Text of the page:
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Edward and Nancy Reddin Kienholz
L.A. Louver Gallery, Venice, California
Review by Andy Brumer


Edward and Nancy Reddin Kienholz, “The Merry-Go-World or Begat by Chance and the Wonder Horse Trigger,” 1988-1992, mixed media tableau, 115 x 184”


Continuing through January 18, 2020

 

“We can’t return we can only look behind / From where we came / And go round and round and round / In the circle game.”

—Joni Mitchell

 

There’s a startling though sad visual double entendre that surrounds this multi-faceted, playful, yet deadly serious exhibition of the late husband and wife team of Edward and Nancy Kienholz. Just as it presents as its centerpiece a room-sized assemblage/collage of a wildly colorful and elaborately crafted carousel, so too has the piece fully circled back from the first of numerous times it has been exhibited since 1992. A mythic L.A. figure, who in 1957 co-founded the Ferus Gallery, Ed Kienholz (1927-1994) is also considered one of contemporary art’s avowed masters of the assemblage/collage/installation genre. Starting in 1972 he would make art only in exclusive collaboration with his wife Nancy Reddin Kienholz. Nancy, born in 1943, died this past August, just weeks shy of this exhibition’s opening.

 

The inspiration for “The Merry-Go-World or Begat by Chance and the Wonder Horse Trigger” came after Nancy encountered a poor woman asking her for money in 1983 on a Juarez, Mexico street. By her own account, her refusal to comply triggered feelings of shame that persisted for a long time. The name “Trigger” in the title evokes that moment, and also refers to TV cowboy Roy Rodger’s horse, whom Nancy through a family contact had the opportunity to ride during her what she has described as a privileged L.A. upbringing.

 

A decade later the more salutary insight inspired what we see here, a meditation on the reality of everyone’s existence and the circumstances into which they are born: their parents, social position, economic status, home country, gender, personality, appearance, etc. It all boils down to nothing but random chance metaphorically expressed. With a driving performance/conceptual art/happening-like energy, the artists (via printed directions) instruct us to spin a wheel of fortune at the carnival entrance to the transformative carousel. Walking through the pitch-black portal we experience a leap of faith into the unknown which acts as the catalyst that fertilizes the work into being — and action!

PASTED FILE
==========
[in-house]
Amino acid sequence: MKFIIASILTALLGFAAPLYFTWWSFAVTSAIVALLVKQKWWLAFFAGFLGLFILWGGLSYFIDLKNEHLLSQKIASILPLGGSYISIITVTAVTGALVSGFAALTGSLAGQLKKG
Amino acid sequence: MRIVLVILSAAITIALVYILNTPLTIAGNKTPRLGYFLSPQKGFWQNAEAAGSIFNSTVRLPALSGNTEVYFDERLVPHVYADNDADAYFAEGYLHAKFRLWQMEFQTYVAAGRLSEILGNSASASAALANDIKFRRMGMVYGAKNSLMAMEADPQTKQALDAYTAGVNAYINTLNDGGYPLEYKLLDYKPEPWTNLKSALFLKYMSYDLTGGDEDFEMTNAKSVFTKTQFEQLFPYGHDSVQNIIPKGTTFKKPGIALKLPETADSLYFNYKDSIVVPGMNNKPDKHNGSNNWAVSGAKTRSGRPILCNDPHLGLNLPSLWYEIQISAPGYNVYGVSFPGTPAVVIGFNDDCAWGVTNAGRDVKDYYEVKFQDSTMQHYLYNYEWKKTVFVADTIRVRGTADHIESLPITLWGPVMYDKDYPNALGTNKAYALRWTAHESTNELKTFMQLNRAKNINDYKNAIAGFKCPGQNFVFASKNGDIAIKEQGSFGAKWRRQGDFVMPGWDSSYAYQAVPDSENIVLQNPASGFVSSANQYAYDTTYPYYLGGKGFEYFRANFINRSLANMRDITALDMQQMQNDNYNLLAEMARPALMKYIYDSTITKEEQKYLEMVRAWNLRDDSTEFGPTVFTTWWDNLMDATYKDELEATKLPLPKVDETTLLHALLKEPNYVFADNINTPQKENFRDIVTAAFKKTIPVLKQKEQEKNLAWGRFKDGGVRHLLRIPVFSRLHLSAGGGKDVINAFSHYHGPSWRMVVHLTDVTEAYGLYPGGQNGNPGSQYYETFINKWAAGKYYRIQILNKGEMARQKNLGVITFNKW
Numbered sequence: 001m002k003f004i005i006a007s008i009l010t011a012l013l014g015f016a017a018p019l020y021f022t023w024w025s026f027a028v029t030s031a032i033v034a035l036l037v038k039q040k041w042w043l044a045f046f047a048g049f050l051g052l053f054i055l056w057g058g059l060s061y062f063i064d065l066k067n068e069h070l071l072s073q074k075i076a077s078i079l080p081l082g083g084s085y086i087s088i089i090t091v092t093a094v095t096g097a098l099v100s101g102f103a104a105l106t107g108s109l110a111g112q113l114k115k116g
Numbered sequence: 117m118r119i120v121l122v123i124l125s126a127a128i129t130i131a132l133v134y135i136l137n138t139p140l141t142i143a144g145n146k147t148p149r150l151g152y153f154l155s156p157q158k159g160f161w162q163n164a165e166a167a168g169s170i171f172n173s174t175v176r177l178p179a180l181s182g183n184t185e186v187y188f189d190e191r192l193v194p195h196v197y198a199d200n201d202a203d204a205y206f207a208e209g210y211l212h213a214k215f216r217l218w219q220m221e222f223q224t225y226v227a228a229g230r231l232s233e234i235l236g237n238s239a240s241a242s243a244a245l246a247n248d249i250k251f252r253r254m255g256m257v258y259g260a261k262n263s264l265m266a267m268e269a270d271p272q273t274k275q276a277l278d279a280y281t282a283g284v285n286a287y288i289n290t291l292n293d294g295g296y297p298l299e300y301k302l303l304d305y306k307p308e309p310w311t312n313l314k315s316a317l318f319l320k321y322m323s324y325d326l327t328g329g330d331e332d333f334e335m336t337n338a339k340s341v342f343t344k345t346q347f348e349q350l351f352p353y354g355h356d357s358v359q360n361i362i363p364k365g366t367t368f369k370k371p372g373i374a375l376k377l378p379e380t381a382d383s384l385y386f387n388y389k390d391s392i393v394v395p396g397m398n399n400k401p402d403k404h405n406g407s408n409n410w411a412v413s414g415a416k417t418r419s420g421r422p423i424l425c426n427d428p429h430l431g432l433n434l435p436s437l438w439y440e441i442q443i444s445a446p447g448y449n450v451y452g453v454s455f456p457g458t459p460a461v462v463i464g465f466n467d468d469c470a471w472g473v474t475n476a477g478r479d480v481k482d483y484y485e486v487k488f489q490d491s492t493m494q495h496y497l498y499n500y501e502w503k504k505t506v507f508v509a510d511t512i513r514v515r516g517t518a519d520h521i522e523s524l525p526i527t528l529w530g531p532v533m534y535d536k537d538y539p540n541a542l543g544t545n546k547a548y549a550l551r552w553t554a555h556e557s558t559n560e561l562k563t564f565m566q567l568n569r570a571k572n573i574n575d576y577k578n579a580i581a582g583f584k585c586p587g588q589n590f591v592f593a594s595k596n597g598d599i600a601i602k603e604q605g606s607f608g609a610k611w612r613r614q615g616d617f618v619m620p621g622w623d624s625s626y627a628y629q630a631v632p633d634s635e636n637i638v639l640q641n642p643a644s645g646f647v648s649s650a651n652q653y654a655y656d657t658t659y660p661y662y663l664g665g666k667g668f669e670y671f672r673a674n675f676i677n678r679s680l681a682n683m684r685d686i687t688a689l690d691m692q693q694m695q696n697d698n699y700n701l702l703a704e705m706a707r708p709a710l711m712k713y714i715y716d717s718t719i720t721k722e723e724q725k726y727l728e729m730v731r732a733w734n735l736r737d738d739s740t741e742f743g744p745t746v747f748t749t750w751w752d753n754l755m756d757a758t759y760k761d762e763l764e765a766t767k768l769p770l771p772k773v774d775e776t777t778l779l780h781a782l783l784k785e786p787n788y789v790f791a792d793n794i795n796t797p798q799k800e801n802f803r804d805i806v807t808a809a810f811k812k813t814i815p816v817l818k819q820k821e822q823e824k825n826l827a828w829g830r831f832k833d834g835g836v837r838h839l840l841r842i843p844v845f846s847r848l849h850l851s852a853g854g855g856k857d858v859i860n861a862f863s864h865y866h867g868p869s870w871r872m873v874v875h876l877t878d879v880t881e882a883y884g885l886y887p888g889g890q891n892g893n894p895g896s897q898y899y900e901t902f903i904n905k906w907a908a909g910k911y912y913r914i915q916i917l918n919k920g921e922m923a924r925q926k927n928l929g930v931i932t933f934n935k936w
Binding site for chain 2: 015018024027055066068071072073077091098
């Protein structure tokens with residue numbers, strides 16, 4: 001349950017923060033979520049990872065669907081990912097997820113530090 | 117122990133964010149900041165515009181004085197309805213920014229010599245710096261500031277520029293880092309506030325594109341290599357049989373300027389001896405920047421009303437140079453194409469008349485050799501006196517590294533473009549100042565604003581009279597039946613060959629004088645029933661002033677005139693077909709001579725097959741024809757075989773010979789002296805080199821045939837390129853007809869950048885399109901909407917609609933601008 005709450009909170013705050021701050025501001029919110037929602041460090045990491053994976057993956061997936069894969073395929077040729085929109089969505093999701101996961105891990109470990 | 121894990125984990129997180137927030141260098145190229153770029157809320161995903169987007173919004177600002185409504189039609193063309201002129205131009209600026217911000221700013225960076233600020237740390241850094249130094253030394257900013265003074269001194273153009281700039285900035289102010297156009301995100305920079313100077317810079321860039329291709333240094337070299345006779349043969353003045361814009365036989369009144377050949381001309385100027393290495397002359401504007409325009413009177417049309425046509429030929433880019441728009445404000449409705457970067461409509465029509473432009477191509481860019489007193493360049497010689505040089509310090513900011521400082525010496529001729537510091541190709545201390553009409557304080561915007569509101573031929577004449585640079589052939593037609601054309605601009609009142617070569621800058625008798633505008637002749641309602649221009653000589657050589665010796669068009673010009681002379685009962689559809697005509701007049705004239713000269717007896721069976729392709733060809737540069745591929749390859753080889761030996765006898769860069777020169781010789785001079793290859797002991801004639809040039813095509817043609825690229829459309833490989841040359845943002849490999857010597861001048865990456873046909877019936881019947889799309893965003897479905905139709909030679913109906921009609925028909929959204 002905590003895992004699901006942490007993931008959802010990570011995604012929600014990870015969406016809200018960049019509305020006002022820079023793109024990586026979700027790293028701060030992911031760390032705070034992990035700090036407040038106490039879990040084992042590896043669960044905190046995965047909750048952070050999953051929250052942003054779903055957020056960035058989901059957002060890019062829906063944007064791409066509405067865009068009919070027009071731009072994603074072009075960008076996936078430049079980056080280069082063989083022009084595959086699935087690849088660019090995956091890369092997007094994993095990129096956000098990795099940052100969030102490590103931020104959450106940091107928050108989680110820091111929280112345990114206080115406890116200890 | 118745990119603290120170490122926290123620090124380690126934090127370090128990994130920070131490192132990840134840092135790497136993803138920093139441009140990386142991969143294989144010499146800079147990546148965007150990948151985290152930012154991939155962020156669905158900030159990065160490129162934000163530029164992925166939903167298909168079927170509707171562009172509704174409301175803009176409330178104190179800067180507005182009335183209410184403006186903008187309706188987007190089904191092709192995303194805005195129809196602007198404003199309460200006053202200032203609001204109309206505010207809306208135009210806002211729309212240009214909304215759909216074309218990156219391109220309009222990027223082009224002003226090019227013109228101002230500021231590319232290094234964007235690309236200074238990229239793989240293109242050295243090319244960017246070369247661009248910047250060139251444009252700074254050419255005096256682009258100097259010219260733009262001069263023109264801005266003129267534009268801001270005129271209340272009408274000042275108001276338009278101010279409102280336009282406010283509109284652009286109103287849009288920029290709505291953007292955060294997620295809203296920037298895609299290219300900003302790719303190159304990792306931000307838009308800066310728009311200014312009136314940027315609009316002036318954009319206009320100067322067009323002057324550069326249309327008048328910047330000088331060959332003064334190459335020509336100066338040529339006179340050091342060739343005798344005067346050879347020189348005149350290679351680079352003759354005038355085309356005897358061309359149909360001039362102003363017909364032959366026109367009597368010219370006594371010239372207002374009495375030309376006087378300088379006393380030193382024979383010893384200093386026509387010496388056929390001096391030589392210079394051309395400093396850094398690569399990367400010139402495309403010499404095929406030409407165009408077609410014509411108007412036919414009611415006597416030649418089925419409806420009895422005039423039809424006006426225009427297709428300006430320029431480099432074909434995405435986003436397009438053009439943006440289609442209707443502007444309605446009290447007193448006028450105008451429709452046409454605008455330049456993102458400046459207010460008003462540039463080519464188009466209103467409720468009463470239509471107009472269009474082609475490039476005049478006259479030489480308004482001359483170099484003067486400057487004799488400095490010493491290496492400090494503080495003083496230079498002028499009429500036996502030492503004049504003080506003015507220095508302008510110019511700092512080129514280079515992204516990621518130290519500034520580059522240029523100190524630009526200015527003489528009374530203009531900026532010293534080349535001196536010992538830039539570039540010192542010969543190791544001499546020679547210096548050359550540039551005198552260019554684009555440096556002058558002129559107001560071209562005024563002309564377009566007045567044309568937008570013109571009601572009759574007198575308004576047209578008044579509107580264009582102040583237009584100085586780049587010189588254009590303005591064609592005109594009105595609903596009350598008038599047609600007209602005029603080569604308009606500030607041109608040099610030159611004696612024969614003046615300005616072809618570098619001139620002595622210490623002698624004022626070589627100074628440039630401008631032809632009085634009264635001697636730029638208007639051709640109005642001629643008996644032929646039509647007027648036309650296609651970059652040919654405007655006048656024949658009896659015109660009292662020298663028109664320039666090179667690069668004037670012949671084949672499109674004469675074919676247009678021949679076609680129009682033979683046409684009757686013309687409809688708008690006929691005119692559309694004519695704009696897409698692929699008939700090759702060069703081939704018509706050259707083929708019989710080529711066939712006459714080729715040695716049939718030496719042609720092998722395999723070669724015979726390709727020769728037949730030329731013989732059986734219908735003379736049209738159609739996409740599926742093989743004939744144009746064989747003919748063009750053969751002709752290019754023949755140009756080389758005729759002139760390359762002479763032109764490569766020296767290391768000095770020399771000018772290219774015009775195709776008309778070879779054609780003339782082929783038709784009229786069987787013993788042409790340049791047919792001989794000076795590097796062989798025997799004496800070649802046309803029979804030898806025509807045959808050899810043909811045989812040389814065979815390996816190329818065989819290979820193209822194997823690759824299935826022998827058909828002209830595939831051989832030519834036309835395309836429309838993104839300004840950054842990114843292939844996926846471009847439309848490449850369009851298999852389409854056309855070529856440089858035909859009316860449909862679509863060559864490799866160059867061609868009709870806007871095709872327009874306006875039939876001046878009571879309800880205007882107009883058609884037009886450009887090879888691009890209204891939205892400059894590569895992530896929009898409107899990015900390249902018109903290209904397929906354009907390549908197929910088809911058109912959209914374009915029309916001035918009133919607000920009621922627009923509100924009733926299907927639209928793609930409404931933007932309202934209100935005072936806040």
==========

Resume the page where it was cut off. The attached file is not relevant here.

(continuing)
Once inside, a (comfortably) disorienting fun-house environment presents a flashing lightbulb that “randomly” illuminates one of the eight small glass-panels that line and configure the room into an octagonal circular shape. At once theatrical tableaus of people and haunting retablos of the objects that complement their lives, these inner quarters become a series of splintered, narratively-lace kaleidoscopic stage settings. Each one tells its tale through a compression of photographs and shattered doll-like figurines surrounded by the weathered books, pocked and aged furniture and fences, fossilized and crumpled cigarette packets, indeed a whole decrepit collection of detritus that signals if not symbolizes the range of the socio-economic register which these characters inhabit. The intended realization is that “any one of these people could be me” (seven of the eight installations reveal people living in varying degrees of economic hardship), while the classic amusement park and carnival music playing inside the room intoxicates a feeling of a surreal state of both dread and wonder.

 

One exits the installation not relieved that you may have been luckily born into “better” circumstances, but with a bolstered sense of empathy and a deeper connection to the mysteries of life and its DNA vicissitudes. In the beautifully produced full-color catalog produced by the gallery, Ed and Nancy explicate the stories of the individuals in the tableaus, how and where they encountered them and the details of the sometimes-complicated process of bartering for or otherwise procuring the objects that would ultimately comprise the work itself.

 

A selection of mixed media assemblages surround the carousel and hang from the gallery’s walls. Exquisitely tender, lyrical and relatively light in tone and feeling, they cast light on the people and their living environs that we’ve encountered in the carousel’s claustrophobic booths. These wall pieces, however, do not compete with the carousel’s central position aesthetically and within the gallery, but rather serve to square that edifice’s circular architecture. While squaring a circle may be a mathematical impossibility, for artists like these two it proves anything but. Indeed, the Kienholz’s magical show excavates the ancient dilemma of the Philosopher’s Stone and flints it into releasing a stream of socially conscious and responsive energy, the kind we need to heal our world. Welcome home.

L.A. Louver

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